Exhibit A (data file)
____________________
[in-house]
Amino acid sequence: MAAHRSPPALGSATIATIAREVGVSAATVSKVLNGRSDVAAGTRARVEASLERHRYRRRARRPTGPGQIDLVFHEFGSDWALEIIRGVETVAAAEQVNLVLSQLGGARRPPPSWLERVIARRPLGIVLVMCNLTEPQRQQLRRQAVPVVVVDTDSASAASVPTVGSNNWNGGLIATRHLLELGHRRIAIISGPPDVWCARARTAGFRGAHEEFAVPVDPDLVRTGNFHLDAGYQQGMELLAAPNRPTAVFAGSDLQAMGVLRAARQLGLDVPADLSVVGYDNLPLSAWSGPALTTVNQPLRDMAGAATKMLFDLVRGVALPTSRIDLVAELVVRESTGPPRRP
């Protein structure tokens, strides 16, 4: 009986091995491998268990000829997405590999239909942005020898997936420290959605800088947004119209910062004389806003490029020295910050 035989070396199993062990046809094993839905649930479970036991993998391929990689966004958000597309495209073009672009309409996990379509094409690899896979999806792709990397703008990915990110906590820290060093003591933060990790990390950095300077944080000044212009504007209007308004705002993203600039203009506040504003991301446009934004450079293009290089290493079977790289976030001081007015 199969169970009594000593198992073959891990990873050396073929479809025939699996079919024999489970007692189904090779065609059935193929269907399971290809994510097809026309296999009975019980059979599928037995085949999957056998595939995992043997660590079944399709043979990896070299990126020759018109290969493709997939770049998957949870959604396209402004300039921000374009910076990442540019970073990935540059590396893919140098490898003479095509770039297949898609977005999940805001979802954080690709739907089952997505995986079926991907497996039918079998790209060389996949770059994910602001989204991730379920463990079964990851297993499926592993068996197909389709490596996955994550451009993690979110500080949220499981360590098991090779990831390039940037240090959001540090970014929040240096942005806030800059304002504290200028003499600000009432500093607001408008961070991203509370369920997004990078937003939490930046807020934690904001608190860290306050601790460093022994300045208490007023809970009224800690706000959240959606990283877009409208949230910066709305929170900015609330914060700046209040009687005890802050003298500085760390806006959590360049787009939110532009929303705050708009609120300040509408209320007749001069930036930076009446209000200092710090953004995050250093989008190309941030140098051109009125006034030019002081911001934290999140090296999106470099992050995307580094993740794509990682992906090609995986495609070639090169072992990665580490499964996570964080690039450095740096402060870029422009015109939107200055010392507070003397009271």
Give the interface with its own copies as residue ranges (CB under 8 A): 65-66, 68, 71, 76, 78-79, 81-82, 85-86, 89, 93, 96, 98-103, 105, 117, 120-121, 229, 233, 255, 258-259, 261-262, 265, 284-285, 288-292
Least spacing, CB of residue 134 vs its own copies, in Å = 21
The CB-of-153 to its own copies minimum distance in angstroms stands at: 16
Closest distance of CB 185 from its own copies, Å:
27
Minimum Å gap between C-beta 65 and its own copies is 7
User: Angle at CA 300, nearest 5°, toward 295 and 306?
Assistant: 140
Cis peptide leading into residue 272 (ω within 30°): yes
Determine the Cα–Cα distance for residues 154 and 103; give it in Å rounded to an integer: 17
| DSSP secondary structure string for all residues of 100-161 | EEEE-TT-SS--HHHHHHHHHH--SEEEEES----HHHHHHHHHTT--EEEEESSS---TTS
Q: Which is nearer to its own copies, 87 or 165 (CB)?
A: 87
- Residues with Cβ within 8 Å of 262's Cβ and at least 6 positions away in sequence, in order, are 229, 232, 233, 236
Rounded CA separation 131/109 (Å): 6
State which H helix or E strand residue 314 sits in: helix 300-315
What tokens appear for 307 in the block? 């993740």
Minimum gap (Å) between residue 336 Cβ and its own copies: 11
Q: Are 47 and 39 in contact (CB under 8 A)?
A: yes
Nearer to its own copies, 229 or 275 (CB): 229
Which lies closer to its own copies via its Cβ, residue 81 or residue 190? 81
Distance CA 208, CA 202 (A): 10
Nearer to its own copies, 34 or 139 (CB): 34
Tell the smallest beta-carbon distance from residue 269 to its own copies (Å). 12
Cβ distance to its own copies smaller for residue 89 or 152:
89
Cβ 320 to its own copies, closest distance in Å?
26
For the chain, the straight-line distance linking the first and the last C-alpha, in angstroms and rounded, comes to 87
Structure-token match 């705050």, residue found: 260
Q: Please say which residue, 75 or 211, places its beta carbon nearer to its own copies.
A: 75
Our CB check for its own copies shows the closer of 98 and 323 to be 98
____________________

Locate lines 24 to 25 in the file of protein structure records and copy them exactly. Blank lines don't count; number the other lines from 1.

Nearer to its own copies, 229 or 275 (CB): 229
Which lies closer to its own copies via its Cβ, residue 81 or residue 190? 81